Lord Rathmore, better known as Mr. Plunkett. made a speech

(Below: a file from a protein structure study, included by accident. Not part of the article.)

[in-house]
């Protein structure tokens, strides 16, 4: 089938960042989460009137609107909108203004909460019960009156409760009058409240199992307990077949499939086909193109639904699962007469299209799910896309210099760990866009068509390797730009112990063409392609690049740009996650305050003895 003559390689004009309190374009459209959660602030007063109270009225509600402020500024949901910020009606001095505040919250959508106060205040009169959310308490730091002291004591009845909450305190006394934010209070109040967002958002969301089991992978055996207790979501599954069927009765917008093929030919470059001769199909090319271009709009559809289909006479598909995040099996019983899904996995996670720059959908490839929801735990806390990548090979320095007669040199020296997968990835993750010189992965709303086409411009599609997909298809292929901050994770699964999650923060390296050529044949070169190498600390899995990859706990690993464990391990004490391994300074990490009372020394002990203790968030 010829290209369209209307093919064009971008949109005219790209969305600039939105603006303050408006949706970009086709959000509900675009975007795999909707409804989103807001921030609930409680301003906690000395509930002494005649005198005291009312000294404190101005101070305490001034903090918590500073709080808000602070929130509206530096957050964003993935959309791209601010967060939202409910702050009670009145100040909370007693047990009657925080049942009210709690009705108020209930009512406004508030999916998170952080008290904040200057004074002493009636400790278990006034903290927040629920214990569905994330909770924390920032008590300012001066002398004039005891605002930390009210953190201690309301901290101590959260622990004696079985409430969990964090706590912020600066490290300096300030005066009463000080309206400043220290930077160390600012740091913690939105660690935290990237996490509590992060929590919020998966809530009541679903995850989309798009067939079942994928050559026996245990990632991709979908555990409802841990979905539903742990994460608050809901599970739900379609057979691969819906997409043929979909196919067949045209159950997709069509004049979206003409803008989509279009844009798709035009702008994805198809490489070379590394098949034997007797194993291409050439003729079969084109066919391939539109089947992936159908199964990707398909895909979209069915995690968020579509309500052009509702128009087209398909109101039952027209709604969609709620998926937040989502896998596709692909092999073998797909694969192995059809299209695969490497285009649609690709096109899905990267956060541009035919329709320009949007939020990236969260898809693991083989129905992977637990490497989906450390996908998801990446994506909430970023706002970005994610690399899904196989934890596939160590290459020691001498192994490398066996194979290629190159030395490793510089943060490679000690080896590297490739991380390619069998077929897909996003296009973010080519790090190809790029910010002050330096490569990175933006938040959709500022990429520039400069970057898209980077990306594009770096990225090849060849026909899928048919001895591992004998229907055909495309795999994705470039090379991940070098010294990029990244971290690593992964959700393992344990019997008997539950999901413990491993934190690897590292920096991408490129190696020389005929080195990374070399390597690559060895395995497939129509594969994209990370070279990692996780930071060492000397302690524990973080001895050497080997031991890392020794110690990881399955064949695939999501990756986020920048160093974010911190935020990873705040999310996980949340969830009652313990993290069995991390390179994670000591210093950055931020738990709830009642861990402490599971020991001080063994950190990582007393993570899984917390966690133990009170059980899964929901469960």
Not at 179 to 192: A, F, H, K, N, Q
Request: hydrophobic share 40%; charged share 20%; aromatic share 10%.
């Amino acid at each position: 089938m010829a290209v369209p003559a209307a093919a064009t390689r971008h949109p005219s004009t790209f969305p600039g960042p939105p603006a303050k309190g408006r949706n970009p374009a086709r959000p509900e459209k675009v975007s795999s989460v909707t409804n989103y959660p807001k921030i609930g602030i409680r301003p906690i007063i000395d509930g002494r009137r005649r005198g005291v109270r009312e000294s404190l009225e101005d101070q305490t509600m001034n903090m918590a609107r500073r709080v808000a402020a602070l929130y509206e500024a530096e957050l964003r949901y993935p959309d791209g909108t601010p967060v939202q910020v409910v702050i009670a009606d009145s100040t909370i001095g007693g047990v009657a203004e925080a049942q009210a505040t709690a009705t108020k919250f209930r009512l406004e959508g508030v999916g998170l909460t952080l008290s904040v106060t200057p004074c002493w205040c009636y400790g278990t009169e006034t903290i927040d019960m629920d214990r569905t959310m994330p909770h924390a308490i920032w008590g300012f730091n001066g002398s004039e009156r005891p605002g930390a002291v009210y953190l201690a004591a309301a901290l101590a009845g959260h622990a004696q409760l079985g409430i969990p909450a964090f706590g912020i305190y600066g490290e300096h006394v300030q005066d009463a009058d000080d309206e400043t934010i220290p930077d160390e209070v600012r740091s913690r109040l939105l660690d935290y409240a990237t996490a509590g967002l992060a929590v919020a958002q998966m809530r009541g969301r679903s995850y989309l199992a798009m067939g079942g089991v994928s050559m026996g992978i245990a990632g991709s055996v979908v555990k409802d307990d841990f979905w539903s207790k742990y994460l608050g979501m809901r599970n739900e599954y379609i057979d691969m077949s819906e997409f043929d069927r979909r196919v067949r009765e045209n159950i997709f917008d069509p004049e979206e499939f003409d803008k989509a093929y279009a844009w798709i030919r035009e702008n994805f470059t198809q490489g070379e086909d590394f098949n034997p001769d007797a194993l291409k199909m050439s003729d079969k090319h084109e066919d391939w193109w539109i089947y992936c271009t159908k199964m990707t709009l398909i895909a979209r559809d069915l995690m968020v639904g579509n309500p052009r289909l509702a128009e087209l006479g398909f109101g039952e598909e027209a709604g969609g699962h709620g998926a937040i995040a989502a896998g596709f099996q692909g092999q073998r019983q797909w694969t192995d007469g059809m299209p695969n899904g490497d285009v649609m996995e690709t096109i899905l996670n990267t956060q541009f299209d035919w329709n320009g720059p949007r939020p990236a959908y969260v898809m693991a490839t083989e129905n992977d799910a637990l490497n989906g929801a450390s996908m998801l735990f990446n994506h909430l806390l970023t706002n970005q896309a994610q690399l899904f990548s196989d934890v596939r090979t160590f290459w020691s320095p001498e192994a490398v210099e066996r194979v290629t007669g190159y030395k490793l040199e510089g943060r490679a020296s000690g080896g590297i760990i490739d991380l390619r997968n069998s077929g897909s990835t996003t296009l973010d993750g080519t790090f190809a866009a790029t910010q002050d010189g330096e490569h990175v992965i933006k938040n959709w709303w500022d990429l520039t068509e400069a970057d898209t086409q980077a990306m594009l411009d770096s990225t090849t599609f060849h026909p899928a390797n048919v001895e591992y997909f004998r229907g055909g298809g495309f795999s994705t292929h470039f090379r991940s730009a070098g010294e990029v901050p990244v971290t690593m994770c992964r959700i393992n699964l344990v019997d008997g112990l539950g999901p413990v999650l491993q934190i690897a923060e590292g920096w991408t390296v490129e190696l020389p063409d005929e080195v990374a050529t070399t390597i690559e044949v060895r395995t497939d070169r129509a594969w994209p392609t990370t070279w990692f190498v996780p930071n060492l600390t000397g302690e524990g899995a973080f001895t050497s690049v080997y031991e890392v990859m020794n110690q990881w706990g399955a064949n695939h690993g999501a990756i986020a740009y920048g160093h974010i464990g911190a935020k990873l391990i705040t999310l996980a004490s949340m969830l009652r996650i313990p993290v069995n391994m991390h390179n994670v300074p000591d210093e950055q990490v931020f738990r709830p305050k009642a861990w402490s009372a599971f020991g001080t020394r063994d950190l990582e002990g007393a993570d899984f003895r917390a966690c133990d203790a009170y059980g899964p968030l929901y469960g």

in London on Wednesday to the members of the United Club. Very happy was his allusion to the final quarrel between Lord Rosebery and Sir William Harcourt over which of them was to summon the party meeting at the beginning of last Session as "a kind of Box and Cox arrange- ment, in which the distracted Lord Spencer was to appear in the somewhat uncongenial part of Mrs. Bouncer." "What dreadful domestic tragedy might have resulted if that meet- ing had come off we cannot now tell, for we are informed that the late Prime Minister wrote to say that he would have no political connection with the leader of his party in the House of Commons, and not long afterwards he very dexterously cleared out of the whole concern." These revelations perhaps explained the curious fact that no one in the Liberal party seems anxious to claim those honours which are usually the objects of ambition, "unless, indeed, my friend Mr. George Russell is making play for the vacant leadership with his two supporters, all Radical stalwarts of old-fashioned and uncompromising principles and courage." Lord Rathmore ended his speech by a reference to the com- plete tranquillity now existing in Ireland and to the excellent impression produced on all classes by Mr. Gerald Balfour. The state of Ireland suggested a story which, if only quasi- appropriate, is much too good to be lost. This item once ap- peared in an Irish candidate's election expenses : "Five shillings to keep the fiddler sober as long as he was sober."